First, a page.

Surfers, paddleboarders and swimmers in the United Kingdom paddled out to fight water pollution last weekend. On Saturday, May 20, the campaign group Surfers Against Sewage organized a national day of action to protest water quality in England. There were 12 main protests hosted nation wide, targeting each of the UK water companies, as well as a few smaller DIY protests. The protest was a reaction to mounting frustration regarding UK water quality.
The protest was held as water companies have come under public criticism over dumping raw sewage and the overall poor-water quality of rivers and beaches since the industry was privatized by the then Conservative government in 1989, as Reuters reports.
Surfers against Sewage defined their terms on the organization page for the protests, “We’ve seen our rivers, the ocean and wildlife ruined by reckless behavior from water companies. They continue to dump raw sewage for millions of hours each year, while regulators and government let them get away with it. We’re getting sick from swimming, while water company fat cats stash their cash. They’re denying us safe access to the blue spaces we love and depend on for our mental and physical health. We’ve had enough of this sh*t show. It’s time for real change.”
The end goal is to end sewage discharges in English bathing waters and achieve a 90 percent reduction of all sewage discharges by 2030. This is a far cry from Environment Agency data that shows untreated sewage was pumped into England’s rivers and oceans at least 301,091 times in 2022 – 824 times a day on average.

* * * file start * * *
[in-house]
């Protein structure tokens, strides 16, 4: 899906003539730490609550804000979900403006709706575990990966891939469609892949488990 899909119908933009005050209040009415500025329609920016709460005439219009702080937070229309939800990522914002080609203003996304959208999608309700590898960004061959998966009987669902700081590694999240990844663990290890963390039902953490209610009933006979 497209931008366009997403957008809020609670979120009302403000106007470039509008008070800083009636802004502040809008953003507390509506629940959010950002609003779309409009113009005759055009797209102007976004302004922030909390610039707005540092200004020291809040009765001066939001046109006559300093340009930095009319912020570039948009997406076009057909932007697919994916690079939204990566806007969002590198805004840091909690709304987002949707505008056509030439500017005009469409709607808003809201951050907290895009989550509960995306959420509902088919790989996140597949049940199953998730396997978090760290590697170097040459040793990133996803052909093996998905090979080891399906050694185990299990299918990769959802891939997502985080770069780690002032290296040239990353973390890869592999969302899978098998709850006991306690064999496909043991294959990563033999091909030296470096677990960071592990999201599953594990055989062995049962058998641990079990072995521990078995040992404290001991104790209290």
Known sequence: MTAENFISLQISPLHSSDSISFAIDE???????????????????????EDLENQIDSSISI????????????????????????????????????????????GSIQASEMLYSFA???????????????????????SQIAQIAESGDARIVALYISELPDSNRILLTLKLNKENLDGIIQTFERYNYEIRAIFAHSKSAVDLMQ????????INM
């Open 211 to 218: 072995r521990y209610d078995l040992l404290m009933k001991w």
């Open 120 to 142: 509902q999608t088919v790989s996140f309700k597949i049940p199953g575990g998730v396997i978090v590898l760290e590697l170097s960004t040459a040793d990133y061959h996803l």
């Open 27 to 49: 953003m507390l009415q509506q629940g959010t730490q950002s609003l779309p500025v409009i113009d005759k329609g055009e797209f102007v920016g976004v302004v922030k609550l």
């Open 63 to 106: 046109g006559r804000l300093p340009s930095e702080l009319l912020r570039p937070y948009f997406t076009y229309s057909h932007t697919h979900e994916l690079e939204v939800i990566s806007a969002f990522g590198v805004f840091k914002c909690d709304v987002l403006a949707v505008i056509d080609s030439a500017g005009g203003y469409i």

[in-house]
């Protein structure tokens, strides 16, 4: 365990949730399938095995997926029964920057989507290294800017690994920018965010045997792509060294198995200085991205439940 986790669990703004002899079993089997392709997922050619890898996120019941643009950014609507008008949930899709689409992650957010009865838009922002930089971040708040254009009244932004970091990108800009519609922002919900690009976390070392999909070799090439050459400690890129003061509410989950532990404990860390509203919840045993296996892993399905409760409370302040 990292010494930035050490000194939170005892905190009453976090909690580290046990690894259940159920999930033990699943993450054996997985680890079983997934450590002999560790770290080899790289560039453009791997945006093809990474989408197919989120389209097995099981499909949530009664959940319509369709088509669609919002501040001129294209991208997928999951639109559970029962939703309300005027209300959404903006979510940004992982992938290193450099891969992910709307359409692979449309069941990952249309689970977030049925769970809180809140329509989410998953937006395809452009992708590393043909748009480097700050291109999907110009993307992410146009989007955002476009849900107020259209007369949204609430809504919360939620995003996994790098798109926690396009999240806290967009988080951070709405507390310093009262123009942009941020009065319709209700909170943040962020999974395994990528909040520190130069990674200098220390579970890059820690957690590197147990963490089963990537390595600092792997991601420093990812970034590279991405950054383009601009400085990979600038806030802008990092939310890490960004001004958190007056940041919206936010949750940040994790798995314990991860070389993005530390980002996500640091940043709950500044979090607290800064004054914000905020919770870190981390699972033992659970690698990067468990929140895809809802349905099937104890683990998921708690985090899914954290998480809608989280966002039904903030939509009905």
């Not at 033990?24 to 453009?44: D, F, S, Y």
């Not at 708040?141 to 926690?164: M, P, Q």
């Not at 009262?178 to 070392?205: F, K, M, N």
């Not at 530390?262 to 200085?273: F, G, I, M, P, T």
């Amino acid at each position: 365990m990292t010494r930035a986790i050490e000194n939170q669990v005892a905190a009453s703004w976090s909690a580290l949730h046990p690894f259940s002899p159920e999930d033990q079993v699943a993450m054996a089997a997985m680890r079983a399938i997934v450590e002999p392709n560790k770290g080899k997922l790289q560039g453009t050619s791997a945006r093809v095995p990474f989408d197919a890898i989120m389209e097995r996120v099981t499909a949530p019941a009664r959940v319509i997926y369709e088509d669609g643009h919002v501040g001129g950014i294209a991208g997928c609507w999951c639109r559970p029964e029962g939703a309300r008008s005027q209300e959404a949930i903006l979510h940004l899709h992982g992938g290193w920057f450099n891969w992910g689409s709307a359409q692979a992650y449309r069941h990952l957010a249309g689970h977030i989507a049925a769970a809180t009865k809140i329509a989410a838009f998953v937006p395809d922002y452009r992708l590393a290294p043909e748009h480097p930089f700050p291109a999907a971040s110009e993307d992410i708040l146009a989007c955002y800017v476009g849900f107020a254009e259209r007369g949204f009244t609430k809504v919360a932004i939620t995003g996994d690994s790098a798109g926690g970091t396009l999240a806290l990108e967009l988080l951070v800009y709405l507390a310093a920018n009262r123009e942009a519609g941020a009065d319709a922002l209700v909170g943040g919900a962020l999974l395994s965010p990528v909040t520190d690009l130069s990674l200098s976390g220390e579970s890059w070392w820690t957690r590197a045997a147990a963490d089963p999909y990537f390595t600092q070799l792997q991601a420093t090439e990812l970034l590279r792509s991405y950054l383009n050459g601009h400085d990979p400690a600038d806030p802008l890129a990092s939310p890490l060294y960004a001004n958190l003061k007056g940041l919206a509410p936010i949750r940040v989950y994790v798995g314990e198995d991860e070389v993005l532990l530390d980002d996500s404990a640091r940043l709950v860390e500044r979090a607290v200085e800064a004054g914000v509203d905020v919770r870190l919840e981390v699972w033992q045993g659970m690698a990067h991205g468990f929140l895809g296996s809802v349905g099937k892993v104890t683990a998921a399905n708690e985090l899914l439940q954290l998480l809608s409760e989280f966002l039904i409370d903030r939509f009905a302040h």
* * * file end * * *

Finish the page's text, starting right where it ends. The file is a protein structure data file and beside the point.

Water UK, the trade association representing the UK’s privatized water companies, issued an apology on Thursday. Ruth Kelly, the chair of Water UK, said, “The message from the water and sewage industry today is clear: we are sorry. More should have been done to address the issue of spillages sooner and the public is right to be upset about the current quality of our rivers and beaches.
“We have listened and have an unprecedented plan to start to put it right. This problem cannot be fixed overnight, but we are determined to do everything we can to transform our rivers and seas in the way we all want to see.” Water UK went on to promise to invest £10b this decade in order to address the problem. They claimed their plan would cut the number of overflow incidents by up to 140,000 each year by 2030. However, the investment would be paid for with unspecified increases in customers’ bills.
Campaigners and politicians were unmoved. The protests still went forward two days later, and the apology was decried as too little, too late. “This apology and plan just don’t go far enough. For years water companies have arrogantly dismissed the public’s fears of rivers, lakes and coastlines being damaged by sewage discharges,” said Liberal Democrat leader Ed Davey, “This announcement does nothing to match the billions water firms have paid out in dividends to overseas investors, or stop their CEOs being handed multimillion pound bonuses.”
Though it is currently coming to a head in the UK, water quality issues due to sewage runoff are not limited to the island nation. Los Angeles surfers will remember when in July of 2021, the Hyperion Water Reclamation Plant dumped 13 million gallons of sewage into the Santa Monica Bay, and now faces a possible $21.7 million fine.